The 2020 decennial census will overcome delays caused by the coronavirus pandemic and severe weather conditions, and we will finish, by Sept. 30, a complete and accurate field data collection. As secretary of Commerce, I am required to deliver the fully processed results to President Donald Trump by Dec. 31. We will meet those deadlines.
Some have questioned our ability to perform on this timeline without impacting completeness or accuracy. The numbers prove that is not the case. We are overcoming delays by hiring more people than planned, incentivizing them to work more hours, and improving productivity through technology.
Nearly 85% of all households, nearly 130 million, had been enumerated as of Sept. 2, with many days left to complete our follow-up with nonresponding households. Of households that self-responded, more than 80% responded online. For the first time, every household was invited to respond online, over the phone or on paper.
Our increased $700 million outreach campaign promoted self-response across the country in more languages than ever before, based on extensive focus group data across all audiences. Our advertising alone has reached more than 99% of all households an estimated 365 times during the campaign, compared with 2010 when the campaign reached 95% of all households an average of just 71 times. Tim Olson, who leads our Census field operations, and I jointly called the mayors of 70 large, underperforming cities to discuss ways to improve responses.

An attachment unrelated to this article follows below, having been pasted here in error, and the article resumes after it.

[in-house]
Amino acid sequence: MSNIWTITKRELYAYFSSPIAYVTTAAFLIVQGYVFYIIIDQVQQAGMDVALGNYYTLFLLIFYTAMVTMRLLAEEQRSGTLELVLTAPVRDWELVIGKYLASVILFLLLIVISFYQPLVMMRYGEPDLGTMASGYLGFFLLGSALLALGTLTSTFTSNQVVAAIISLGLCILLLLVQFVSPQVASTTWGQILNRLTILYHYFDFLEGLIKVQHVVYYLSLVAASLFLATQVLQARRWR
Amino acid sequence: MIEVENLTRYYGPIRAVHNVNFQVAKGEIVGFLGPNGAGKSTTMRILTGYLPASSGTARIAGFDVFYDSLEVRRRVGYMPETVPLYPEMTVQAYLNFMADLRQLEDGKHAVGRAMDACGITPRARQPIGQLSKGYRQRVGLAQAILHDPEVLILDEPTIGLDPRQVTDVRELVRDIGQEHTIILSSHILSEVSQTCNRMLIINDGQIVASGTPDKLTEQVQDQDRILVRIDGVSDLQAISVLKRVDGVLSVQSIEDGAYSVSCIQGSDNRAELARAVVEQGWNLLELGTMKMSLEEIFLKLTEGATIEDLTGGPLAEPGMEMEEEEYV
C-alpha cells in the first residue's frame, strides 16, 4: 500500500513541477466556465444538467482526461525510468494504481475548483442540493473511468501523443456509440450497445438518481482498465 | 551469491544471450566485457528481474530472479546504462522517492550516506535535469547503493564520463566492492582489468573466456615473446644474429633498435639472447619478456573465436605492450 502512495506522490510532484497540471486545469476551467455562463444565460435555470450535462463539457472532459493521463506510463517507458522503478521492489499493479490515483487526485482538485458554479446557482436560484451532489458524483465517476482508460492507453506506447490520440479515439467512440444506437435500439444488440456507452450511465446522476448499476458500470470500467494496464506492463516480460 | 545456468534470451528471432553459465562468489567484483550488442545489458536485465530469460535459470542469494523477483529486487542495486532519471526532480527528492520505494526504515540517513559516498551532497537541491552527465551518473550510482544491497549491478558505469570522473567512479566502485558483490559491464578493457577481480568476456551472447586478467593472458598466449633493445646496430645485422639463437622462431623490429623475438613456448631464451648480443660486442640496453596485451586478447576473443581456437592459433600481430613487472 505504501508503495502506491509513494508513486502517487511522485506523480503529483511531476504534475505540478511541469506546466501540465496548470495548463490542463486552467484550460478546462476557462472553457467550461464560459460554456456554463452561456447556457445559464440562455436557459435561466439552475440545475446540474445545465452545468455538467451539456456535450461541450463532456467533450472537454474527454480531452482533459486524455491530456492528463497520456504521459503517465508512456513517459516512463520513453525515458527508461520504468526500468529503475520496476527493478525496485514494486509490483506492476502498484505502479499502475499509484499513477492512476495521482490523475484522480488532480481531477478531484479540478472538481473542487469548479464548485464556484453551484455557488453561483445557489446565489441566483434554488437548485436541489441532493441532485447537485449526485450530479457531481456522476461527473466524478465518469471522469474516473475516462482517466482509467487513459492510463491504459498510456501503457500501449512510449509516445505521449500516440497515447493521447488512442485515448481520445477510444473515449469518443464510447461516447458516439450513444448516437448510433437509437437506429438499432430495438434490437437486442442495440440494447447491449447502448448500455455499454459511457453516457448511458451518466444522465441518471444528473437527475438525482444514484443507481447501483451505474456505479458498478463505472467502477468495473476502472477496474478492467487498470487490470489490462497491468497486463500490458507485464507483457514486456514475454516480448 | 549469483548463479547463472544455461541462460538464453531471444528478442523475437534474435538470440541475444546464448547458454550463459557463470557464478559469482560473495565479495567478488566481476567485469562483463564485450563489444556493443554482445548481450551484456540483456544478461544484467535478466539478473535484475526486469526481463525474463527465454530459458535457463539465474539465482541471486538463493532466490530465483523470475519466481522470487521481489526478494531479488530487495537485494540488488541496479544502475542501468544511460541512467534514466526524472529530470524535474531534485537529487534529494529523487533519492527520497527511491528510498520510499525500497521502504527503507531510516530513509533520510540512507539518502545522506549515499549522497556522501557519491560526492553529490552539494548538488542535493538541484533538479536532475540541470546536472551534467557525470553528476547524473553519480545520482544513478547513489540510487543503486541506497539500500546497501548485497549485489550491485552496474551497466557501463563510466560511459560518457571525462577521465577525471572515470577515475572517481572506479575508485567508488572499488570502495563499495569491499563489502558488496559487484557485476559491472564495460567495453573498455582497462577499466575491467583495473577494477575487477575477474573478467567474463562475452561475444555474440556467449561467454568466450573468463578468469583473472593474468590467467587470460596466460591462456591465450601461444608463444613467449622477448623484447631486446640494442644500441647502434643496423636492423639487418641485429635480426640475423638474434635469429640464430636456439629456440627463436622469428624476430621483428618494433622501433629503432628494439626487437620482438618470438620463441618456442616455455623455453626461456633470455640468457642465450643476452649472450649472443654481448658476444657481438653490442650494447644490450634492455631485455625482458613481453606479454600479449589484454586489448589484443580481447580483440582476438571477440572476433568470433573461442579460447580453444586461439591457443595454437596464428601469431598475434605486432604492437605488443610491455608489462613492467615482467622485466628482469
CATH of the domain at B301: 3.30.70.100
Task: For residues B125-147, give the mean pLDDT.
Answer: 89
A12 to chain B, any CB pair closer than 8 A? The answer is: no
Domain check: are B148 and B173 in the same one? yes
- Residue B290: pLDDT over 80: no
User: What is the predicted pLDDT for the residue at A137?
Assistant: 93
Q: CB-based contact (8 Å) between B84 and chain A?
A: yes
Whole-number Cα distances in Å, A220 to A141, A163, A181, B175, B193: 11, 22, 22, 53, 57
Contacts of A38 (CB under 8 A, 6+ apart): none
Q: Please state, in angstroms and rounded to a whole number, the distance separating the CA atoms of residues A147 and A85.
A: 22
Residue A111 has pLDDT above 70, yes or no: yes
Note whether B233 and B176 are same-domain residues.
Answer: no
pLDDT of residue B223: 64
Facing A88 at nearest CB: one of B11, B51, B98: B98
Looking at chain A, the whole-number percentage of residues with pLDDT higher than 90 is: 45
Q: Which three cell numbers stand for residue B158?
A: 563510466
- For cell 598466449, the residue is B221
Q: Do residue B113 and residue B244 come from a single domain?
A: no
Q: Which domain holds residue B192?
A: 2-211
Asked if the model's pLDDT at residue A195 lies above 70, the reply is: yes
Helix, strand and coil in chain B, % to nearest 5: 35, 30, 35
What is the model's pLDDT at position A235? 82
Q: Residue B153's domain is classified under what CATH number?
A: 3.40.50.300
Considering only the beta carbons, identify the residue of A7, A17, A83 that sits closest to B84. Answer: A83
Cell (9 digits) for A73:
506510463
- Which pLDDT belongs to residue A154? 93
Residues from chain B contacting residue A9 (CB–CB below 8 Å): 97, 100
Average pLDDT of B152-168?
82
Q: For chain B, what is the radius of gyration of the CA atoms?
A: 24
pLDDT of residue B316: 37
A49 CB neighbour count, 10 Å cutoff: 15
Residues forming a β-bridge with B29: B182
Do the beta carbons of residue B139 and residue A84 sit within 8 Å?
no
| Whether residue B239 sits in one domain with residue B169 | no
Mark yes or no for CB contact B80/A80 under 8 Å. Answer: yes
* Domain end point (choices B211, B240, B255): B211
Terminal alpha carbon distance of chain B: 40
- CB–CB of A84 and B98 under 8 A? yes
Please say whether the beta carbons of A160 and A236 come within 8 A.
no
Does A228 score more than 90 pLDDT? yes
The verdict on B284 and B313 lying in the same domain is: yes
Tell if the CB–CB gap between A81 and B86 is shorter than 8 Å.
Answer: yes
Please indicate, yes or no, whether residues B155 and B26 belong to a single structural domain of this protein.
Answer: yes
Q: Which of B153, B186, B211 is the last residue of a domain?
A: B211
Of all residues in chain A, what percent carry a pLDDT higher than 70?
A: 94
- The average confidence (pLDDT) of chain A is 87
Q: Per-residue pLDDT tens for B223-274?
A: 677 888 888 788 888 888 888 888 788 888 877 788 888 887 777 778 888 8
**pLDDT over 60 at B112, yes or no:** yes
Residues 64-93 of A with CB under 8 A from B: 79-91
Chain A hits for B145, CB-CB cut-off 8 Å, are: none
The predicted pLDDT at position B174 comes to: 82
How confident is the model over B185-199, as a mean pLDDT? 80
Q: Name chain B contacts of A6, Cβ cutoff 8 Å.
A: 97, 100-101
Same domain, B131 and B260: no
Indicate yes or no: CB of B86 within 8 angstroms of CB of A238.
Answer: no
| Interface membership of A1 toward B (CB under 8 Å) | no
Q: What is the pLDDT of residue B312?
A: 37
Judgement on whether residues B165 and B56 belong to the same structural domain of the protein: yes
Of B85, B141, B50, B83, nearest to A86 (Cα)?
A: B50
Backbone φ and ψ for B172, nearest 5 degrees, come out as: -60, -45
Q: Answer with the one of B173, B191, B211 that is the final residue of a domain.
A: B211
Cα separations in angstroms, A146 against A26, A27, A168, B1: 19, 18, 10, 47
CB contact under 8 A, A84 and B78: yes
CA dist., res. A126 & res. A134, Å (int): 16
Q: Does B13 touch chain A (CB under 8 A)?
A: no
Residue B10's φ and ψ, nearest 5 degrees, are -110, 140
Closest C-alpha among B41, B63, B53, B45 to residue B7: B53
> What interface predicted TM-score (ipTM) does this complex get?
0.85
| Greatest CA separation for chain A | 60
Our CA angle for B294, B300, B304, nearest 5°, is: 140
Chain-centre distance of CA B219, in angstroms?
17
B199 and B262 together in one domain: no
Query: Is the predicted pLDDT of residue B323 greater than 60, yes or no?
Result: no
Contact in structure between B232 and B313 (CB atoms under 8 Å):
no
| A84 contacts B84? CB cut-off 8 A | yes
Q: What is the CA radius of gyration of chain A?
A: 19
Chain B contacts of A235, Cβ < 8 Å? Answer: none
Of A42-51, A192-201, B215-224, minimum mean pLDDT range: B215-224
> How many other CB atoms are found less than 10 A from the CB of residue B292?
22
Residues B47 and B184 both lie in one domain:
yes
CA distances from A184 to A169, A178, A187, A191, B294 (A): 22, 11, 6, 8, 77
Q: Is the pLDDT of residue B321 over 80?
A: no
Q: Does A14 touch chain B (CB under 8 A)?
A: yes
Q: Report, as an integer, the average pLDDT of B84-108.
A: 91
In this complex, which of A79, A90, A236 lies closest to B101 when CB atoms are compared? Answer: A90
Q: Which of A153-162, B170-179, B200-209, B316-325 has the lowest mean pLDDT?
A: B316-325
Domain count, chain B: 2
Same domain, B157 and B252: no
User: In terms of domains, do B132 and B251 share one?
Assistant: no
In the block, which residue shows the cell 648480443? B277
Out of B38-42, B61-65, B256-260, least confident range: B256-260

Additionally, to overcome the pandemic and to ensure we safely complete our data collection on time, we are maximizing staff numbers and production hours for field data collection operations. We have continued to hire census takers throughout our follow-up operation, replacing those who quit midway, while ensuring proper health and safety training. To recognize census takers who make the extra effort and put in the extra time, we are offering financial incentives.
Productivity to date is well above our initial forecast. As of today, we have nearly 250,000 field staff, working more hours and completing more cases per hour than planned, at double the rate projected. Electronic data collection and computerized routing is increasing productivity and minimizing time.
Most important, we are meeting the same accuracy standards for data collection as in prior censuses.
These numbers prove we are on our way to a complete and accurate census. If you are a naysayer, please take the time to track our daily progress by visiting 2020Census.gov. We are in the homestretch, so I urge you to complete your census form now, online, by phone or by mail. The future of your community depends on it.
Wilbur Ross is the secretary of the Commerce Department, which oversees the Census Bureau.